Farrar's comments showcase just what we mean by saying the 49ers' ground game may trend upwards entering the 2014 season. Hyde is simply that good.
Yet Hyde recognizes that there is still plenty of work to be done. According to Andrew Pentis of 49ers.com, Hyde's top priority is learning from Gore—not a bad approach considering all of Gore's accomplishments over his career.
Spent some time with 49ers RB Carlos Hyde at NFLPA Rookie Premiere last week. Like his humble attitude. Thrilled to be Frank Gore's teammate— TURRON DAVENPORT (@TDavenport_PPI) June 2, 2014
This sort of approach is tremendous as Hyde looks forward to his rookie season. With his power and terrific collegiate production, it's easy to envision him assuming the team's top running back job in the near future.
No. 1—Frank Gore
It is tough to admit, but we may very well be witnessing the swan song of Frank Gore, at least in San Francisco.
At 31 years old, Gore has already surpassed that age when most running backs hang up their cleats.
To his credit, it is great to see Gore contributing at such a high level now entering his 10th season. But one cannot overlook the fact that Gore is slowing down.
Gore averaged 4.1 yards per carry in 2013—still serviceable, but the lowest of his career. Additionally, Gore's yards per game numbers were down to 70.5—second only to his rookie season when he was competing for playing time against Kevan Barlow.
On top of all this, Gore is entering the final year of a three-year, $19.213 million contract. At an average yearly salary of $6.4 million, Gore is an expensive commodity with whom the 49ers will likely look to part ways at the conclusion of 2014.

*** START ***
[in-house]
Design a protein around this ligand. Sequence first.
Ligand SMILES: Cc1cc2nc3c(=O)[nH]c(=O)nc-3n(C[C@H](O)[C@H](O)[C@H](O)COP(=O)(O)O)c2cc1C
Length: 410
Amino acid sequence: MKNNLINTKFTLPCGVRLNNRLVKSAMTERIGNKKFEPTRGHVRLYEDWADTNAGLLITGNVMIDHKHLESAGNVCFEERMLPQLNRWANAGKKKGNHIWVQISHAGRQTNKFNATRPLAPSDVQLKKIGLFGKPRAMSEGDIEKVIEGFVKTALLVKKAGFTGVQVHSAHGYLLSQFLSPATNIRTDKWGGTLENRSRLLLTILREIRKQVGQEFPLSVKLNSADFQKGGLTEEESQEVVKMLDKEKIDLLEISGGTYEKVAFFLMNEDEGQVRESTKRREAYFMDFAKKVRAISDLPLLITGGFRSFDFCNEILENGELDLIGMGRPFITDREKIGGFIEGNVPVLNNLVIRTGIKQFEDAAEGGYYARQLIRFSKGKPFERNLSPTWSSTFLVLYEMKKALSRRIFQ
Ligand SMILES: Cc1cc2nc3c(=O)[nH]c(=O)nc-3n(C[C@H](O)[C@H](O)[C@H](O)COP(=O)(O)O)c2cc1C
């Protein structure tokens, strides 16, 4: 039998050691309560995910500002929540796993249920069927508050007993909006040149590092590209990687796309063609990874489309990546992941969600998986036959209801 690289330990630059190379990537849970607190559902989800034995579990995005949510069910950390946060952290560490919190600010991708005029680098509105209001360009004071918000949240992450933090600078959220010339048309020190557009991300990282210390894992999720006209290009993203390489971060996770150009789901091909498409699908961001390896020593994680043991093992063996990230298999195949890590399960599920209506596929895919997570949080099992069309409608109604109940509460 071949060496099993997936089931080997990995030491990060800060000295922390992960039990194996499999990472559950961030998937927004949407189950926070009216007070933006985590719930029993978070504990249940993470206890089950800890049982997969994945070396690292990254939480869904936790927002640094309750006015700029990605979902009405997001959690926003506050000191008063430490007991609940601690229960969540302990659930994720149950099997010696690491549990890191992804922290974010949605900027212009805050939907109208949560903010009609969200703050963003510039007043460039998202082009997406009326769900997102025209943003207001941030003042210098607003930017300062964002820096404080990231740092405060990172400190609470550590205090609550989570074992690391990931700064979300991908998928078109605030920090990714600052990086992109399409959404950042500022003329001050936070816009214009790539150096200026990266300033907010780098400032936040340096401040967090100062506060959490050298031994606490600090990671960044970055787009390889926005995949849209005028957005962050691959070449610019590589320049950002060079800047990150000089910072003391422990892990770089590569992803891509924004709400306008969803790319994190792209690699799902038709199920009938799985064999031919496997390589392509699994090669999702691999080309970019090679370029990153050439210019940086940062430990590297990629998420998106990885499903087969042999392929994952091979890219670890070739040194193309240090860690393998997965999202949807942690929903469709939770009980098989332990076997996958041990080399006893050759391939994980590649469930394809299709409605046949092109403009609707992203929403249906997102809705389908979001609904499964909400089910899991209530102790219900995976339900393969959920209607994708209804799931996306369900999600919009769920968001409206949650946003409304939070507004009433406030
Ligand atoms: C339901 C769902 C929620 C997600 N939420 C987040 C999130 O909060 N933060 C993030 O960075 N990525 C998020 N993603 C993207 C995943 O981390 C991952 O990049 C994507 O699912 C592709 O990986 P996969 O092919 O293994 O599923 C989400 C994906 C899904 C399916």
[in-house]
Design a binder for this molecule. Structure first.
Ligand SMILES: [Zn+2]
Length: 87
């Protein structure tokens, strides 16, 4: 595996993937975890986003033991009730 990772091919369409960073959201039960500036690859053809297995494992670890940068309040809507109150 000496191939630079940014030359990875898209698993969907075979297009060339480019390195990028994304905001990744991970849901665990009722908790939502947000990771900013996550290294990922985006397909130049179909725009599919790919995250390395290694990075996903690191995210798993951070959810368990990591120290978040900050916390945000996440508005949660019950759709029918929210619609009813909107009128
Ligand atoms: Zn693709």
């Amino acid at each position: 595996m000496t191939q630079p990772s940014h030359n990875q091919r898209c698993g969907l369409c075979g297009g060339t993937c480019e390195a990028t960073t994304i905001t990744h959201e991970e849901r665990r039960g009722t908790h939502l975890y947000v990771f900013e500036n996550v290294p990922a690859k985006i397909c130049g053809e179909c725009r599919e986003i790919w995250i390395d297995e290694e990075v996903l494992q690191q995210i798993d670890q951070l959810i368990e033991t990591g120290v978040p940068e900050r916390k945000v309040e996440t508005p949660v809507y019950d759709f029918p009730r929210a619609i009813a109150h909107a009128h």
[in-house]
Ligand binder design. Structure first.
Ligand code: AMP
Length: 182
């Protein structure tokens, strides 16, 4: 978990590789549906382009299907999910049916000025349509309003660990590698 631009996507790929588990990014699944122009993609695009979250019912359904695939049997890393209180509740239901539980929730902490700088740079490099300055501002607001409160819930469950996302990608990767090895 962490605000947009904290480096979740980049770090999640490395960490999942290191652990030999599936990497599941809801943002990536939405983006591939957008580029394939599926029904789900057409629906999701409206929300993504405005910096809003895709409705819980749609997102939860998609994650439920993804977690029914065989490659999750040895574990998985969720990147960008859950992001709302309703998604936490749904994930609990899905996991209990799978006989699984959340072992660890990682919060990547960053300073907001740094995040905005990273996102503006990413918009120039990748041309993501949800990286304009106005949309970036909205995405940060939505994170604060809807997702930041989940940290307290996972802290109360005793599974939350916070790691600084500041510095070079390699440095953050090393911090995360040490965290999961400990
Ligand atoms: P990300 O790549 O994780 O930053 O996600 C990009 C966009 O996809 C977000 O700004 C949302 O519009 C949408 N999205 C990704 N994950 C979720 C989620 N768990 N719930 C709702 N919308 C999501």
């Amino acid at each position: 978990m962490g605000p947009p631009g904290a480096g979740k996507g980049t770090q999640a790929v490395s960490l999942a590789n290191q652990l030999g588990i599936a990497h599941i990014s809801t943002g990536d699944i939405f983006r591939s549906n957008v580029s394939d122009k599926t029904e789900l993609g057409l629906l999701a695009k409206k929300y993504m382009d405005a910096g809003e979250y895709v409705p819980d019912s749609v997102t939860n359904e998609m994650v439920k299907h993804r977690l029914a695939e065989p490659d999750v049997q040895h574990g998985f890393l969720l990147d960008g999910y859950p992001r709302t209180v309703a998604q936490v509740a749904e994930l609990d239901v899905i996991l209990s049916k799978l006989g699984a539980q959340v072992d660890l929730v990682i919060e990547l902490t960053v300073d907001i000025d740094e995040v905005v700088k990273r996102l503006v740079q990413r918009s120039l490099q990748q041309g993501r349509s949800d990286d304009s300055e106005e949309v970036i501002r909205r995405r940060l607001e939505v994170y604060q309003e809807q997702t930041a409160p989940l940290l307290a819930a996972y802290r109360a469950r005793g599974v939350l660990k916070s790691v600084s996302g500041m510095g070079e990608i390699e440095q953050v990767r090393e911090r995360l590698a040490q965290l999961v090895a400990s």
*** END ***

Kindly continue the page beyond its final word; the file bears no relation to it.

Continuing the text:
If Gore does return in 2015, it will assuredly be at a much more team-friendly salary. Furthermore, his playing time will be limited should Carlos Hyde and Marcus Lattimore emerge as expected.
An excellent breakdown of what could be Gore's final year can be viewed here via SB Nation.
Whatever the case may be, we have to look forward to his role in 2014. Barring any unforeseen circumstance, Gore will emerge as the team's No. 1 running back entering the regular season. He has not lost that position just yet.
A possible scenario for 2014 is this—Gore receives the nod at starter to kick off the regular season. This allows Gore to retain his status as a leader and primary contributor to the team's offense, while young backs like Hyde and Lattimore learn the ropes of competing on the NFL stage.
As the latter two develop, Gore's carries should decrease over time, perhaps with a team intent on keeping him fresh for another playoff run.
This approach solves two things. First, it allows backs like Hyde and Lattimore to develop at more comfortable, less demanding pace. And it allows the 49ers to start transitioning away from Gore—something they will have to do in the near future.
San Francisco fans would like to see Gore go out on top. Hopefully he does, with a Super Bowl ring to go along with his lofty accomplishments.
There is still one more season to accomplish this.
San Francisco is blessed with a plethora of talented running backs as they prepare for the 2014 season. The team can also count upon a strong reserve backs who can supplement the play of Gore as needed.
There are battles to be had as we determine the final depth chart, and these will continue to play out as the 49ers move through the preseason. Exactly how they turn out remains to be seen, yet one thing is for certain—the 49ers love to run the ball.
As 2014 draws near, they are in as good a position as ever to do this.
Peter Panacy is a featured columnist for Bleacher Report, covering the San Francisco 49ers. Be sure to check out his entire archive on 49ers coverage and analysis.
Follow @PeterMcShots on Twitter.